Bevacizumab associated with increased risk of venous thromboembolism

Treatment with bevacizumab is associated with a significantly increased risk of venous thromboembolism, according to a meta-analysis published in the Journal of the American Medical Association.

Treatment with bevacizumab is associated with a significantly increased risk of venous thromboembolism, according to a meta-analysis published in the Journal of the American Medical Association. The risk of both all-grade and high-grade venous thromboembolism was increased in patients with a variety of metastatic solid tumors and with both low- and high-dose regimens of bevacizumab.

Investigators conducted an independent review of PubMed citations from January 1966 through January 2008, as well as a search of abstracts and virtual meeting presentations from the American Society of Clinical Oncology (ASCO) conferences from January 2000 through January 2008. The investigators also performed an independent search of studies using the citation database Web of Science. Only randomized, controlled phase 2 or 3 trials that directly compared patients treated with bevacizumab with patients not treated with bevacizumab were included in the final analysis. Additional criteria for inclusion were studies that randomized patients to treatment with bevacizumab or control (placebo or best supportive care) plus concurrent treatment with chemotherapy or a biologic agent and studies that reported event or incidence of venous thromboembolism.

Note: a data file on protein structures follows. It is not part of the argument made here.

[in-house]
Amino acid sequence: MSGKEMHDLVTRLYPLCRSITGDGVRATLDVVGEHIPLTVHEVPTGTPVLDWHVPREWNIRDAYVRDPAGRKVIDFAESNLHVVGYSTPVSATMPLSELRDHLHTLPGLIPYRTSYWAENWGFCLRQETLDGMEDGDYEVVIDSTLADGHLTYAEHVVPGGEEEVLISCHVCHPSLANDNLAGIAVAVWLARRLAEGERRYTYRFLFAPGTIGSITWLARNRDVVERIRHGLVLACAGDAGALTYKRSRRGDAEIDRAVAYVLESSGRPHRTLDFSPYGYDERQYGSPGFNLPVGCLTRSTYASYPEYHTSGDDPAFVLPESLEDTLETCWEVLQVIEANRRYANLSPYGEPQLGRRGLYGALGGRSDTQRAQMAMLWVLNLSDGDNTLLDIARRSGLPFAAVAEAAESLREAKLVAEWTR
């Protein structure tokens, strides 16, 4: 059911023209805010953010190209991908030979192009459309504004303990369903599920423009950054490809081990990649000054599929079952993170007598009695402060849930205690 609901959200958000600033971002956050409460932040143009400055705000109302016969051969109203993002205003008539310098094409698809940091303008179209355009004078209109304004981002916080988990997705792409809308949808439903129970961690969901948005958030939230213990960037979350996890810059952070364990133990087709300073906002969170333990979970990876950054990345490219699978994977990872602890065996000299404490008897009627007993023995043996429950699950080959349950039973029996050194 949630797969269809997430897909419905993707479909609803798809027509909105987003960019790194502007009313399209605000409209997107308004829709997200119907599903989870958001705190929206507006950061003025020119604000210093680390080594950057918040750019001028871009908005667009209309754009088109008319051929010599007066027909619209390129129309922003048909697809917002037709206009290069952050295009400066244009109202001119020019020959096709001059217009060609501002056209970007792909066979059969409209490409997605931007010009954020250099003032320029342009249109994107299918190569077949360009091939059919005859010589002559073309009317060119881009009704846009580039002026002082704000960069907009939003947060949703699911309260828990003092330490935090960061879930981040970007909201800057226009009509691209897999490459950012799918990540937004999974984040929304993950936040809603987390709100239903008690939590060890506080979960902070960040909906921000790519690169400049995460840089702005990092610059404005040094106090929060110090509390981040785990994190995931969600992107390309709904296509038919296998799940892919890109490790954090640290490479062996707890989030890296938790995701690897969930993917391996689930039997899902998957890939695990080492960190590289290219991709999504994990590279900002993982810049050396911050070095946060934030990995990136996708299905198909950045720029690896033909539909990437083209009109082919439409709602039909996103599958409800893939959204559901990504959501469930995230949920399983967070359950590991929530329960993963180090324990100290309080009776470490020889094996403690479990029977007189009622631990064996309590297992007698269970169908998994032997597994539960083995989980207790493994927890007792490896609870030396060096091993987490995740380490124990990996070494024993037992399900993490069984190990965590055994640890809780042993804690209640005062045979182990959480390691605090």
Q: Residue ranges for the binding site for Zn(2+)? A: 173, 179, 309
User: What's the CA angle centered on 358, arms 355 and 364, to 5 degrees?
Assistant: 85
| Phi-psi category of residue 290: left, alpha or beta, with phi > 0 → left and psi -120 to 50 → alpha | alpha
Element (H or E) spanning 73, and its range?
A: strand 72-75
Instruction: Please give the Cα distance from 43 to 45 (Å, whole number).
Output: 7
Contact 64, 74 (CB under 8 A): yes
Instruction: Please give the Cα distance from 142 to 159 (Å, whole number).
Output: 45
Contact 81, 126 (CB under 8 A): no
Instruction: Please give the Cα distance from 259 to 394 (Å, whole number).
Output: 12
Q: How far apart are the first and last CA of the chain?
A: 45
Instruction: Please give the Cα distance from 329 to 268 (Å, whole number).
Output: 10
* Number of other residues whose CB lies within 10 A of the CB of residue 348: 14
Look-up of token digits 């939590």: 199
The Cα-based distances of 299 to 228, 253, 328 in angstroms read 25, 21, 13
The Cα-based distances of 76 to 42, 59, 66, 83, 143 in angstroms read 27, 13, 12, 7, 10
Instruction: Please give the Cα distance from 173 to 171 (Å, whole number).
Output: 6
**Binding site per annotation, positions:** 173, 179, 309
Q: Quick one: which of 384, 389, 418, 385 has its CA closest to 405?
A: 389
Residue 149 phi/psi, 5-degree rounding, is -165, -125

The investigators found 209 potentially relevant studies; from these, a total of 15 trials were included in the analysis. Across these trials, a total of 7,956 patients were included for analysis (bevacizumab-treated patients, n=4,292; control patients, n=3,664). Six of the trials were in patients with colorectal cancer, 4 were in patients with non-small cell lung cancer (NSCLC), 2 were in patients with breast cancer, 1 was in patients with pancreatic cancer, 1 was in patients with malignant mesothelioma, and 1 was in patients with renal cell carcinoma.

Across the 15 trials, the summary relative risk of venous thromboembolism among bevacizumab-treated patients was 1.33 (95% CI, 1.13–1.56; P<.001). The summary relative risk of all-grade venous thromboembolism was 1.29 (95% CI, 1.03–1.63; P=.03). The summary relative risk of high-grade venous thromboembolism was 1.38 (95% CI, 1.12–1.70; P=.002). The relative risk was significantly increased with both high-dose (5 mg/kg/wk) and low-dose (2.5 mg/kg/wk) bevacizumab treatment (high-dose relative risk, 1.31; 95% CI, 1.02–1.68; P=.04; low-dose relative risk, 1.31; 95% CI, 1.08–1.60; P=.007).

The authors suggested that the addition of a boxed warning regarding the increased risk of venous thromboembolism associated with bevacizumab treatment may be appropriate "to raise awareness among patients as well as physicians."

SOURCE

Nalluri SR, Chu D, Keresztes R, Zhu X, Wu S. Risk of venous thromboembolism with the angiogenesis inhibitor bevacizumab in cancer patients: A meta-analysis. JAMA. 2008;300:2277–2285.